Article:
Japan consumer prices fall for first time since since launch of BOJ stimulus in 2013

A shopper looks at items outside a discount store at a shopping district in Tokyo, Japan.
A shopper looks at items outside a discount store at a shopping district in Tokyo, Japan. PHOTO: REUTERS

TOKYO ( REUTERS) - Japan's core consumer prices marked the first annual drop since the central bank deployed its massive stimulus programme more than two years ago, fuelling speculation of a fresh round of stimulus measures.

The core consumer price index, which includes oil products but excludes volatile fresh food costs, fell 0.1 per cent in August from a year earlier, data from the Internal Affairs ministry showed on Friday (Sept 25). That matched a median market forecast and followed flat growth in July.

It was the first decline since April 2013, when BOJ Governor Haruhiko Kuroda launched his massive asset-buying programme, a sign his sweeping campaign has yet to reflate the economy enough to accelerate inflation toward his price target.

The data adds to a recent run of poor indicators that showed the world's third-largest economy struggling to emerge from a second-quarter contraction as China's slowdown and slow wage growth hurt exports and household spending.

"Further monetary easing is necessary sooner or later," said Junichi Makino, chief economist at SMBC Nikko Securities. "If so, there's not much point delaying it," he said, adding that he expects the BOJ to ease either next month or in April next year.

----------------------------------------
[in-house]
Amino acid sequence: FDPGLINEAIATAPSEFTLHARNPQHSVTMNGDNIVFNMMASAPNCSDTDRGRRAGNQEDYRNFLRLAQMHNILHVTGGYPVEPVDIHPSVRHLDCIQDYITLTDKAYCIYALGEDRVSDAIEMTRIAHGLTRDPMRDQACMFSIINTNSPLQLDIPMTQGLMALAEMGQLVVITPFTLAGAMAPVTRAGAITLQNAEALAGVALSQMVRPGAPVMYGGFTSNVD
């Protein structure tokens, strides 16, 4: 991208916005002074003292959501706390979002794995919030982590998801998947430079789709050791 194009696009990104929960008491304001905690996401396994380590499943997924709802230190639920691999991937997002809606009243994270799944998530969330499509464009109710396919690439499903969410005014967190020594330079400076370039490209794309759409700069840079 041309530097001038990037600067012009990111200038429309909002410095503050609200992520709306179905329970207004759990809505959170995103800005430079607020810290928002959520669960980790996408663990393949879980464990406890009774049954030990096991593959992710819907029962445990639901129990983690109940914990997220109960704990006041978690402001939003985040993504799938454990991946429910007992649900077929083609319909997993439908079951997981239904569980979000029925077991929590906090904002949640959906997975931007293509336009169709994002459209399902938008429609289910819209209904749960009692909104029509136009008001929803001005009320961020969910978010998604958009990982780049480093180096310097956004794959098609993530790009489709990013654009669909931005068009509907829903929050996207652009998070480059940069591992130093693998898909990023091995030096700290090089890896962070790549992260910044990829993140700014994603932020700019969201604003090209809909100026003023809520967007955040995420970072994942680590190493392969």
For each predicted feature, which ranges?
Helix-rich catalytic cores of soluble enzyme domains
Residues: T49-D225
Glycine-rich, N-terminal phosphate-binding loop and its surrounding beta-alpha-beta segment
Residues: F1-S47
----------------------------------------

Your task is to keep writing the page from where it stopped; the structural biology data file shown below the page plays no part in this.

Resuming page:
Core consumer prices in Tokyo, available a month before the nationwide data, fell 0.2 per cent in September from a year earlier, data showed, matching a median market forecast.

Japan's economy shrank in April-June and some analysts warn of the chance of another contraction in the current quarter as fears over China's slowdown jolt markets.

Many analysts expect prices to slide in coming months due largely to a renewed drop in oil costs. Mr Kuroda has said the BOJ will look through the effect of the oil price rout and won't act as long as a steady economic recovery keeps prices in an uptrend.

With the recovery itself under threat, however, the BOJ is under pressure to expand monetary stimulus as early as next month, when it is set to cut its long-term economic and growth forecasts.

A majority of economists surveyed by Reuters this month expect the BOJ's next policy move to be an expansion of stimulus. Twelve of 18 economists said further easing would likely come some time next year, while five said the central bank might ease at its Oct 30 meeting.